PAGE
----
7 May 2021
9am-11.30am CDT (GMT-5): Workshop “The Body in Psychoanalysis” — Register Here
This workshop centers on the (symptomatic) body in psychoanalysis and invites graduate students and early career scholars to discuss their work-in-progress with peers and the keynote speaker, Dr. Jamieson Webster.
The diagnosis of Conversion Disorder is the last remnant left of hysteria in the DSM. However, the concept of conversion is key to Freud’s understanding of hysteria, perhaps even more important than the term hysteria itself which has a long history going back to the Greeks. Conversion can be seen as a question about psychoanalysis itself; not only as the kind of quasi-religious turning point in the strange life of a psychoanalyst—the move from analysand to psychoanalyst, from psychoanalyst to training analyst—but also what psychoanalysis is founded on in terms of its relationship to libidinal transformations. Conversion shows us the potential or power of the libidinal body, one that can wreak real havoc at times, but which is there— alive, unpacifiable. Conversion is about the demand for structural change.
While this talk will trace conversion as a psychoanalytic concept, I would also like to make a leap into our current troubled times: perhaps we might think of recent events from the Coronavirus Pandemic to Black Lives Matter—which center the body, its life and the care of it, at the heart of political and communal questions—as touching on a present-day conversion disorder and the demand for radical change.
14 May 2021
Between 1897 and 1915, with the abandonment of his seduction theory and the publication of his unfinished Papers on Metapsychology, Freud radically denatured prior conceptions of biological instincts and supposedly “congenital” object choice in humans, substituting the term “drive” (Trieb) for “instinct” (Instinkt) to mark us as subjects in language. Instead of “Instincts and Their Vicissitudes,” Lacan later quipped, it would better to think of us as dealing with “Drives and Their Adventures.”
The implications of Freud’s shift might have been world-changing, but for complex reasons it never took off. Folded back into current debates about essentialism and constructivism, it complicates both while resetting discussion about causality. As we wrestle today with attempts to formulate “biopsychosocial” approaches to everything from desire to distress and disorder, with evolutionary psychology standing firm on our supposedly immutable instincts, what could Freud’s occluded theory from a century ago bring to our understanding of sexuality, object choice, determinism, and psychical emancipation and freedom?
3.30-6pm CDT (GMT-5): Workshop, “The Medicalized Body” — Register Here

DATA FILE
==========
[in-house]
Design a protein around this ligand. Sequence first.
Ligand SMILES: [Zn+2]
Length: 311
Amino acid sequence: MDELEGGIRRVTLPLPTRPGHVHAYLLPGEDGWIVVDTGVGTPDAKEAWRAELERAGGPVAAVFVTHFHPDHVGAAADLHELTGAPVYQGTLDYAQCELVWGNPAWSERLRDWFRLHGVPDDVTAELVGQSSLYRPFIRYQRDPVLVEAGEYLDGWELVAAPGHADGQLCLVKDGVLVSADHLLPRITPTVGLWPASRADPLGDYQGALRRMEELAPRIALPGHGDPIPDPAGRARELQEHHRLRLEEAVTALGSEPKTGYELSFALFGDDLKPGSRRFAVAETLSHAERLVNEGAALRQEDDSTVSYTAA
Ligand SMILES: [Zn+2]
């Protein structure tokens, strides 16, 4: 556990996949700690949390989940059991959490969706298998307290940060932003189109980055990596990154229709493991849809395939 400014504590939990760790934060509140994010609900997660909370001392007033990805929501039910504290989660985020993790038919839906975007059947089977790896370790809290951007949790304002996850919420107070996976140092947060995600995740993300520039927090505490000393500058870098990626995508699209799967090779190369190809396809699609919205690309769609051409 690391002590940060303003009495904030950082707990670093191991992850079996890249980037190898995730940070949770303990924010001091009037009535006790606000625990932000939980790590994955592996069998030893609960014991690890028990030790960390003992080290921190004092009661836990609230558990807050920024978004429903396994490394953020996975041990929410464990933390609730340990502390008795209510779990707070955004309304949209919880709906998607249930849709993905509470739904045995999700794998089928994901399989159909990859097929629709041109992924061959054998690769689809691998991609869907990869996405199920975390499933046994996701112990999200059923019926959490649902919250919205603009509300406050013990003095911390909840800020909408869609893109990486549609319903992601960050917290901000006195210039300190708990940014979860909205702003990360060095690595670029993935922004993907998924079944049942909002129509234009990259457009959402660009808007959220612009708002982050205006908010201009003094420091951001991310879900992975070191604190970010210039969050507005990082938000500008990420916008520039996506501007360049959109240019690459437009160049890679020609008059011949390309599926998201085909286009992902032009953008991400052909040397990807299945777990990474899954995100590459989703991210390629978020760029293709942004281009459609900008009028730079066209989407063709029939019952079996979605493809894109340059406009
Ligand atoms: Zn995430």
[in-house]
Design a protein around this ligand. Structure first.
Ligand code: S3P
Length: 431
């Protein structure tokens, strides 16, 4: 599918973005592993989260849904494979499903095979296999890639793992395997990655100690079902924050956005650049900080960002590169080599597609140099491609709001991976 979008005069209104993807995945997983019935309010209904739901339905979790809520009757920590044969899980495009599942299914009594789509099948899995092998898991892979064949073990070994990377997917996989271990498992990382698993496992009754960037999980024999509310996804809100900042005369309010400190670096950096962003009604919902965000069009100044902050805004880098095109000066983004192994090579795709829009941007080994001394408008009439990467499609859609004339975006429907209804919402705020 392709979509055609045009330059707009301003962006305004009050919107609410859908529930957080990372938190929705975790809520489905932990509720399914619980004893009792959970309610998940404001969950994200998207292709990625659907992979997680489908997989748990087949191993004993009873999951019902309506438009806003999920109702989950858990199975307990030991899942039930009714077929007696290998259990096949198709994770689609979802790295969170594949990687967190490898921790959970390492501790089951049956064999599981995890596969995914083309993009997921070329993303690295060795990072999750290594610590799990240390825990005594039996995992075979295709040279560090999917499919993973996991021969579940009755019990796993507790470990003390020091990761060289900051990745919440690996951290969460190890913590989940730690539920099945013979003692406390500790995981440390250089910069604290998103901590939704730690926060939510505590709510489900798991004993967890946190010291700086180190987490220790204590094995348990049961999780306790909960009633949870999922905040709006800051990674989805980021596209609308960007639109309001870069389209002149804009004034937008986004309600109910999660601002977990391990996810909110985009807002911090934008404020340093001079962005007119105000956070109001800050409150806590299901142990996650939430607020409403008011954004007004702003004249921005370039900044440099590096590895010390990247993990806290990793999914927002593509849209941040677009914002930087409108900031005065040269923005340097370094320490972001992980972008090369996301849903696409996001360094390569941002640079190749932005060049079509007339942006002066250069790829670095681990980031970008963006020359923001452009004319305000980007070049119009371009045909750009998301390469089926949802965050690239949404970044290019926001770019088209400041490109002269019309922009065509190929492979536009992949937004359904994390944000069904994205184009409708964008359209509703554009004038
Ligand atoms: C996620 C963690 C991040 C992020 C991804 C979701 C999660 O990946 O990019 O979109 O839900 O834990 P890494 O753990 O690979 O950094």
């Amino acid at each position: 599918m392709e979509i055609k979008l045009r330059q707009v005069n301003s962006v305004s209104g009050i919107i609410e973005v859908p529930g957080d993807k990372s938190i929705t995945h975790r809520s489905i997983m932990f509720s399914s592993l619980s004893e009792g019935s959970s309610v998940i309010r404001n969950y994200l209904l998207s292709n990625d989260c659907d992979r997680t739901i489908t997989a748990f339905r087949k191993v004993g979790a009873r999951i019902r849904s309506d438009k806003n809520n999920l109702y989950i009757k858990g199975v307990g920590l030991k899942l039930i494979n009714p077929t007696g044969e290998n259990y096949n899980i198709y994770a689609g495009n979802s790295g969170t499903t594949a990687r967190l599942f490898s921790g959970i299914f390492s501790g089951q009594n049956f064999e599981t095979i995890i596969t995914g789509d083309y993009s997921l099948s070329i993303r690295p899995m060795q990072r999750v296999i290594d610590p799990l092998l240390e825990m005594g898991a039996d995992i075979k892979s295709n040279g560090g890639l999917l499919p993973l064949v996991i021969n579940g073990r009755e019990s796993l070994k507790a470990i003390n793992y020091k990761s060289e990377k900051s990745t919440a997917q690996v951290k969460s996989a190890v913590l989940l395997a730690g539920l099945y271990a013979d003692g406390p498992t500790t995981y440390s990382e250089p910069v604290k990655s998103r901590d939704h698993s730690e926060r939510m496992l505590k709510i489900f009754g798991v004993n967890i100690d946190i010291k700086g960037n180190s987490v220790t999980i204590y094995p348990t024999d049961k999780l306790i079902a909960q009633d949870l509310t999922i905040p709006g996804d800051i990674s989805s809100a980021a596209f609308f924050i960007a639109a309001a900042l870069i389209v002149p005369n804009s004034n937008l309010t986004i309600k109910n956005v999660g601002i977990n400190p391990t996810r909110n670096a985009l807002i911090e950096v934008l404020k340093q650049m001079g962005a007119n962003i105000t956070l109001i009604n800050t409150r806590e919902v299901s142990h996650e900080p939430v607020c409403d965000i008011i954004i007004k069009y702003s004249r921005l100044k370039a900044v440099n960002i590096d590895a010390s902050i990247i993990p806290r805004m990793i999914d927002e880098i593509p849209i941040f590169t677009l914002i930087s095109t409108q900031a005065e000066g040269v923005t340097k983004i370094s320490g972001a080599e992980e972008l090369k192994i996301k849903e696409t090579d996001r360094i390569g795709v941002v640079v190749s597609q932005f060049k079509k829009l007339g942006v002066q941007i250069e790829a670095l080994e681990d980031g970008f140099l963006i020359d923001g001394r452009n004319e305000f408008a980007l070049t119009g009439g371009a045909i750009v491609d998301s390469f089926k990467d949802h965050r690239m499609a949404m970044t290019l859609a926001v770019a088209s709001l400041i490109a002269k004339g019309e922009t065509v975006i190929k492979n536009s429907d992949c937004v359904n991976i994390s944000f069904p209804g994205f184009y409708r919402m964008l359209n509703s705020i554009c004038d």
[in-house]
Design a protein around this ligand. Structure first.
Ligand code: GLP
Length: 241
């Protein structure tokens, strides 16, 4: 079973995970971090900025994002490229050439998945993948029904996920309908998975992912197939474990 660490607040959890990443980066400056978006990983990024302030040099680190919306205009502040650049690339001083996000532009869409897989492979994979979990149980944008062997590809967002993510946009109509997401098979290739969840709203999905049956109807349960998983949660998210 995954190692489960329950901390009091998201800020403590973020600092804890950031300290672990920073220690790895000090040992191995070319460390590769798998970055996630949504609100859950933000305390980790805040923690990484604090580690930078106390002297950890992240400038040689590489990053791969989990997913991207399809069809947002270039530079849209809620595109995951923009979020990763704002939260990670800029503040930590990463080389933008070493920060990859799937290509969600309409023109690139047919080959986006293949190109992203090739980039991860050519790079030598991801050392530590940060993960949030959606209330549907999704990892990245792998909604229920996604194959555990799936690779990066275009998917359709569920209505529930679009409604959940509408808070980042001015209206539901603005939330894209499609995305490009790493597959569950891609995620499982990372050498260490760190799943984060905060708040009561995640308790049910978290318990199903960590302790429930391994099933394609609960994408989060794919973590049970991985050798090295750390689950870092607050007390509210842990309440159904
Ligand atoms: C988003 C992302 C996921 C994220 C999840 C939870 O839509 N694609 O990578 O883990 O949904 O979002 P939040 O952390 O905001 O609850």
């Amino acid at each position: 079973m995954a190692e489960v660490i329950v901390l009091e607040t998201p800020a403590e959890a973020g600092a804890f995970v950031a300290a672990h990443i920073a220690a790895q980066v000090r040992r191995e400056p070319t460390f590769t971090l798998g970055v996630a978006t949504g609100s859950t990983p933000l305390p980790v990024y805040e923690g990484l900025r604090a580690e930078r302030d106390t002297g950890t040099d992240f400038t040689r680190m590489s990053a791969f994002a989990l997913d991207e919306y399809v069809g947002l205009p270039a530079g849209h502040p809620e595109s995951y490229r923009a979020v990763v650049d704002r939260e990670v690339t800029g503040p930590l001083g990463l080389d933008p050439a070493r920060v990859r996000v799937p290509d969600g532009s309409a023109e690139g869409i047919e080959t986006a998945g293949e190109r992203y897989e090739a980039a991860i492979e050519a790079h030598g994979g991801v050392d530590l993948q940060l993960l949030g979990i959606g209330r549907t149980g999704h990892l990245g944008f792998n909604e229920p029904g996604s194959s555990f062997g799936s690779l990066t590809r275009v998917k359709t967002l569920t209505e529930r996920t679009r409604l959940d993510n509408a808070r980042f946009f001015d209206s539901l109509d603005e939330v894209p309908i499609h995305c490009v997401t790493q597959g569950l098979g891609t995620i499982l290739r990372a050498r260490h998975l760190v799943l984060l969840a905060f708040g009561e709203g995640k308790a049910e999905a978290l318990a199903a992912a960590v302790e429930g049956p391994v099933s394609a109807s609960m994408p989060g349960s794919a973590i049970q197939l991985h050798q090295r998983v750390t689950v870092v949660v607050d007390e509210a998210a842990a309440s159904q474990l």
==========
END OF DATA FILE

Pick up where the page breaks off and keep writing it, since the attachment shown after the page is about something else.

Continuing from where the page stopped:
This workshop centers on the medicalization of the (symptomatic) body and invites graduate students and early career scholars to discuss their work-in-progress with peers and the keynote speaker, Prof. Christopher Lane
21 May 2021
This presentation introduces the Compartiendo el Café y Chocolate Workshops, created by Día de la Mujer Latina. There are two main objectives of CCC workshops:
1. The first objective is to help participants understand how stress affects the community, the body, the mind, and the spirit. These workshops focus on specific attention to the unique stressors that communities face. Stress is sometimes the primary cause of many different types of physical illnesses, mental health problems, problems within communities, and may cause a decline in our spirituality. However, if participants are aware of how stress can affect them negatively, they can consider different ways of coping with stress, leading to healthier and happier lives.
2. The second objective is to help participants understand that they are not alone in the experience of stress. Health comes through a healthy community. These workshops will connect participants through shared stories, allowing participants to share their experiences, learn, and set goals to deal with stress in various ways.
11.30am-1pm CDT (GMT-5): Workshop, “The Body in Activism” -- Register Here
This workshop centers on the (symptomatic) body in activism and invites graduate students and early career scholars to discuss their work-in-progress with peers and the keynote speaker, Venus Ginés
28 May 2021
This talk will be a meditation on my poetic practice and formation as a crip poet in relation to my scholarly work in health humanities and disability studies. I hope to think with the group about the limits of Elaine Scarry's claim that pain is antithetical to language—that it necessarily destroys it—and how this claim has been one that my work has attempted to respond to over and over again through poetic form. Does pain have its own form and does poetry provide new ways of thinking through pain and its vicissitudes? Does the work of poetry offer new cripistemologies—or disabled ways of knowing—that can radically transform how we relate with and care for people living with pain?
This workshop invites participants to explore writing the(ir) body in poetry. The workshop is led by poet Katie Condon, and no experience or pre-circulated work is necessary to participate.